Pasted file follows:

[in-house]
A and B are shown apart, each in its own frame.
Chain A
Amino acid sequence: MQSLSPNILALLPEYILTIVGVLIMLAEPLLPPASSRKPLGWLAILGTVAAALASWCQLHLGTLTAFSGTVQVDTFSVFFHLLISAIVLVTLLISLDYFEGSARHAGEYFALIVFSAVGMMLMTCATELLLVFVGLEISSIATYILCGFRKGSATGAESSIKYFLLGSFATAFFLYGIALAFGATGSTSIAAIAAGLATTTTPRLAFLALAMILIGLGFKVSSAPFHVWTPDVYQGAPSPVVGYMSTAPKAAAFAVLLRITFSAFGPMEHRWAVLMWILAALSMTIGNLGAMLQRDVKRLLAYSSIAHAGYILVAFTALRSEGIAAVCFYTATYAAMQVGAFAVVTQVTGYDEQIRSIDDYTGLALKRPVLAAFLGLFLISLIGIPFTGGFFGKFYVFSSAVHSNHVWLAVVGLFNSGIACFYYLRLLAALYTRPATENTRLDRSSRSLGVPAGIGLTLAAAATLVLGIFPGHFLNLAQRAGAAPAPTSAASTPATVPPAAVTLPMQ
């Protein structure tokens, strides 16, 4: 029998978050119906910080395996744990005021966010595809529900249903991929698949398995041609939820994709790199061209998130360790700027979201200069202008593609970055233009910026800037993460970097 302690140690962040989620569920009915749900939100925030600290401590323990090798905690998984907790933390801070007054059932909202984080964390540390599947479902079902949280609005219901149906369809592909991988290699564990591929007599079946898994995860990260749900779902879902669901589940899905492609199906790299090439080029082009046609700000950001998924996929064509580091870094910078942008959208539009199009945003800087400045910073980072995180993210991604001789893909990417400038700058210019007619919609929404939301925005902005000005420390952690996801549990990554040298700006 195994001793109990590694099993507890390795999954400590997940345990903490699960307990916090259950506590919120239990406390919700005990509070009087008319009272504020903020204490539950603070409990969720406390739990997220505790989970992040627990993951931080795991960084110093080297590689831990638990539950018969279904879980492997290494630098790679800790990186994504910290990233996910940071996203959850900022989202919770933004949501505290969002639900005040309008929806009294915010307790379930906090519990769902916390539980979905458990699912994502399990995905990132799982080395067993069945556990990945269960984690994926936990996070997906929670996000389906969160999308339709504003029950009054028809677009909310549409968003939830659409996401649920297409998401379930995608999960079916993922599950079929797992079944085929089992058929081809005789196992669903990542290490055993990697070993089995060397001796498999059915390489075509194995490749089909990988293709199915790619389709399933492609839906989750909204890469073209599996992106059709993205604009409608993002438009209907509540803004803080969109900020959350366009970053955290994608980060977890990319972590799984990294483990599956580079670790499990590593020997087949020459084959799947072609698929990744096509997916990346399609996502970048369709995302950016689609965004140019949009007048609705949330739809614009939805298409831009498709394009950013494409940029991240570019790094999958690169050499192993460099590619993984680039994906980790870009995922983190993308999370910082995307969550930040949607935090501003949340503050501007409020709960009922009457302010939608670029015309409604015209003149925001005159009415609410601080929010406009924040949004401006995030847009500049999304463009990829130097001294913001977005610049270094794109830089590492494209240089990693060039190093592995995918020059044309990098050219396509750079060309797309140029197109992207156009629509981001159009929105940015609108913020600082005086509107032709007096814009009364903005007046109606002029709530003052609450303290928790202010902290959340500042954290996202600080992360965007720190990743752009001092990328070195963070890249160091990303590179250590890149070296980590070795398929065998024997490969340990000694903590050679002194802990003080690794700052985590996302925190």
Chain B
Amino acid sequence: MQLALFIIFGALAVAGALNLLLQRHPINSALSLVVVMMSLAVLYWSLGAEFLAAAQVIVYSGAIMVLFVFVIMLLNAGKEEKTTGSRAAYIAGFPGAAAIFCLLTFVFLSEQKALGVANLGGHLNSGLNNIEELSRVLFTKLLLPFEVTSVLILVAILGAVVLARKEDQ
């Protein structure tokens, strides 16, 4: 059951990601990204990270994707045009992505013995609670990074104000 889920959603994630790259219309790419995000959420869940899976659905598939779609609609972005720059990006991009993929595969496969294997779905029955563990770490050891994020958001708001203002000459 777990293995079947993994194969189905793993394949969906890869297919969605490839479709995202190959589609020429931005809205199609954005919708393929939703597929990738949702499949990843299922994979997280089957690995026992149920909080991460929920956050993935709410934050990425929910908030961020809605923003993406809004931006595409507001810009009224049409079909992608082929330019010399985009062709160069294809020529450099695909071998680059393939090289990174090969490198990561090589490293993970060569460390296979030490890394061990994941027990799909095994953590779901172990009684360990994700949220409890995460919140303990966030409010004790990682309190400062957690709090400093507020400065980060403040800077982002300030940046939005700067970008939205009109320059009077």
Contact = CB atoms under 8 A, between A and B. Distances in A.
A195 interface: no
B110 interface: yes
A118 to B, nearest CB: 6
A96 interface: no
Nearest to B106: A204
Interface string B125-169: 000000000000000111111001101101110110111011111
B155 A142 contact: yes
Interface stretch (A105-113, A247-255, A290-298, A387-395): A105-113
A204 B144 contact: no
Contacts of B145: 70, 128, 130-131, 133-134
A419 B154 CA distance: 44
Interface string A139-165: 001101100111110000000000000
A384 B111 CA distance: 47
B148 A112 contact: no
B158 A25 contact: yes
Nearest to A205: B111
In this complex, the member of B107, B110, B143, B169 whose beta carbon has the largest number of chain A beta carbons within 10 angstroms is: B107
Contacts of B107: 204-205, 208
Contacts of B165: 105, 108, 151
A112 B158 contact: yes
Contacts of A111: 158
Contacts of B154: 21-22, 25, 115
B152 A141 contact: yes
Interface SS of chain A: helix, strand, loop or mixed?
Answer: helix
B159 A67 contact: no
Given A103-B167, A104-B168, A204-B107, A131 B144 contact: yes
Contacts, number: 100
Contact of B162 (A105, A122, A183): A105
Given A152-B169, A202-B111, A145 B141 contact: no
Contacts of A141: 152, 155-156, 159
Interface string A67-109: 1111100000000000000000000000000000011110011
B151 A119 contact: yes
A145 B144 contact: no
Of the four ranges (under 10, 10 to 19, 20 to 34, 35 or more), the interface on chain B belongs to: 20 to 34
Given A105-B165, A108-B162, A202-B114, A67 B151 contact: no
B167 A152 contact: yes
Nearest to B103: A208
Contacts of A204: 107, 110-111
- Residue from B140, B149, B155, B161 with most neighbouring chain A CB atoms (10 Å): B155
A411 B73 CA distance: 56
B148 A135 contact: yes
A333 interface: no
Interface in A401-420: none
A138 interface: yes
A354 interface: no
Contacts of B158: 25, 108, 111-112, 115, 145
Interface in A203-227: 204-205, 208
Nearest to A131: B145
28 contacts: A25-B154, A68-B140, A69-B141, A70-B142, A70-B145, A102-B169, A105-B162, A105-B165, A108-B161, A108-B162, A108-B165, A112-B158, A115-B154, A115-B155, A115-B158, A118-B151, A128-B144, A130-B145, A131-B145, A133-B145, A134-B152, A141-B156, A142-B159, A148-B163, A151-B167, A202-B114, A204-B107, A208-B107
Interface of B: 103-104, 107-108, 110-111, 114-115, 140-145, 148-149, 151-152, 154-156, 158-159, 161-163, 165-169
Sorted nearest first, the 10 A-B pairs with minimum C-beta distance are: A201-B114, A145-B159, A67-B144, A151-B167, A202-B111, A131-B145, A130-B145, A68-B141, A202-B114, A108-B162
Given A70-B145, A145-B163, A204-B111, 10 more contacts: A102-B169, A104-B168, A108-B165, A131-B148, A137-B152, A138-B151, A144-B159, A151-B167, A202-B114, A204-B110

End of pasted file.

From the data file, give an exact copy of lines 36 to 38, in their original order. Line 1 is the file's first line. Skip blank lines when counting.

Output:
Given A103-B167, A104-B168, A204-B107, A131 B144 contact: yes
Contacts, number: 100
Contact of B162 (A105, A122, A183): A105